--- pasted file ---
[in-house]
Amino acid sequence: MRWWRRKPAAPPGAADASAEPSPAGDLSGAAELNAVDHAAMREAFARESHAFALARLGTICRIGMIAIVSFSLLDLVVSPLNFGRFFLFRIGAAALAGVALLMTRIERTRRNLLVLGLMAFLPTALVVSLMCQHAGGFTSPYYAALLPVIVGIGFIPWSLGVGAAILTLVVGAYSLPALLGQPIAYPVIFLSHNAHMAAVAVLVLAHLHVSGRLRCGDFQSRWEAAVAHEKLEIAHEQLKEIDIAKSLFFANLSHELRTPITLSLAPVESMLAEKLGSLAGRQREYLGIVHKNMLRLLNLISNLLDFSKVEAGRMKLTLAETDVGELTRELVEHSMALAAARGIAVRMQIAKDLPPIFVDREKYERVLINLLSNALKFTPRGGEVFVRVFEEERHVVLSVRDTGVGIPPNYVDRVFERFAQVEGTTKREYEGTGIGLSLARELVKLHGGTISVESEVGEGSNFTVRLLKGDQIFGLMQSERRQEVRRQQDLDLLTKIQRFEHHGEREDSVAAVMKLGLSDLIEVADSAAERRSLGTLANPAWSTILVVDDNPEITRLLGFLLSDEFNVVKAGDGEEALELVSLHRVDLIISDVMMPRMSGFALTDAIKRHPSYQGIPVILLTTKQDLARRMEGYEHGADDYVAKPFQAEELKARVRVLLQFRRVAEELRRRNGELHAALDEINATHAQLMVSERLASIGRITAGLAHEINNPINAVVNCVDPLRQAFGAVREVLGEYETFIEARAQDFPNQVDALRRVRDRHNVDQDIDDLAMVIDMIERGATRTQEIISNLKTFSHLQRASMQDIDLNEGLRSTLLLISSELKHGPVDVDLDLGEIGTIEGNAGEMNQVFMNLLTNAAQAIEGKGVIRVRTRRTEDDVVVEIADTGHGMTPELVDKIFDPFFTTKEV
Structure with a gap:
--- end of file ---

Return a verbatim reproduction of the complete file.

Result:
[in-house]
Amino acid sequence: MRWWRRKPAAPPGAADASAEPSPAGDLSGAAELNAVDHAAMREAFARESHAFALARLGTICRIGMIAIVSFSLLDLVVSPLNFGRFFLFRIGAAALAGVALLMTRIERTRRNLLVLGLMAFLPTALVVSLMCQHAGGFTSPYYAALLPVIVGIGFIPWSLGVGAAILTLVVGAYSLPALLGQPIAYPVIFLSHNAHMAAVAVLVLAHLHVSGRLRCGDFQSRWEAAVAHEKLEIAHEQLKEIDIAKSLFFANLSHELRTPITLSLAPVESMLAEKLGSLAGRQREYLGIVHKNMLRLLNLISNLLDFSKVEAGRMKLTLAETDVGELTRELVEHSMALAAARGIAVRMQIAKDLPPIFVDREKYERVLINLLSNALKFTPRGGEVFVRVFEEERHVVLSVRDTGVGIPPNYVDRVFERFAQVEGTTKREYEGTGIGLSLARELVKLHGGTISVESEVGEGSNFTVRLLKGDQIFGLMQSERRQEVRRQQDLDLLTKIQRFEHHGEREDSVAAVMKLGLSDLIEVADSAAERRSLGTLANPAWSTILVVDDNPEITRLLGFLLSDEFNVVKAGDGEEALELVSLHRVDLIISDVMMPRMSGFALTDAIKRHPSYQGIPVILLTTKQDLARRMEGYEHGADDYVAKPFQAEELKARVRVLLQFRRVAEELRRRNGELHAALDEINATHAQLMVSERLASIGRITAGLAHEINNPINAVVNCVDPLRQAFGAVREVLGEYETFIEARAQDFPNQVDALRRVRDRHNVDQDIDDLAMVIDMIERGATRTQEIISNLKTFSHLQRASMQDIDLNEGLRSTLLLISSELKHGPVDVDLDLGEIGTIEGNAGEMNQVFMNLLTNAAQAIEGKGVIRVRTRRTEDDVVVEIADTGHGMTPELVDKIFDPFFTTKEV
Structure with a gap: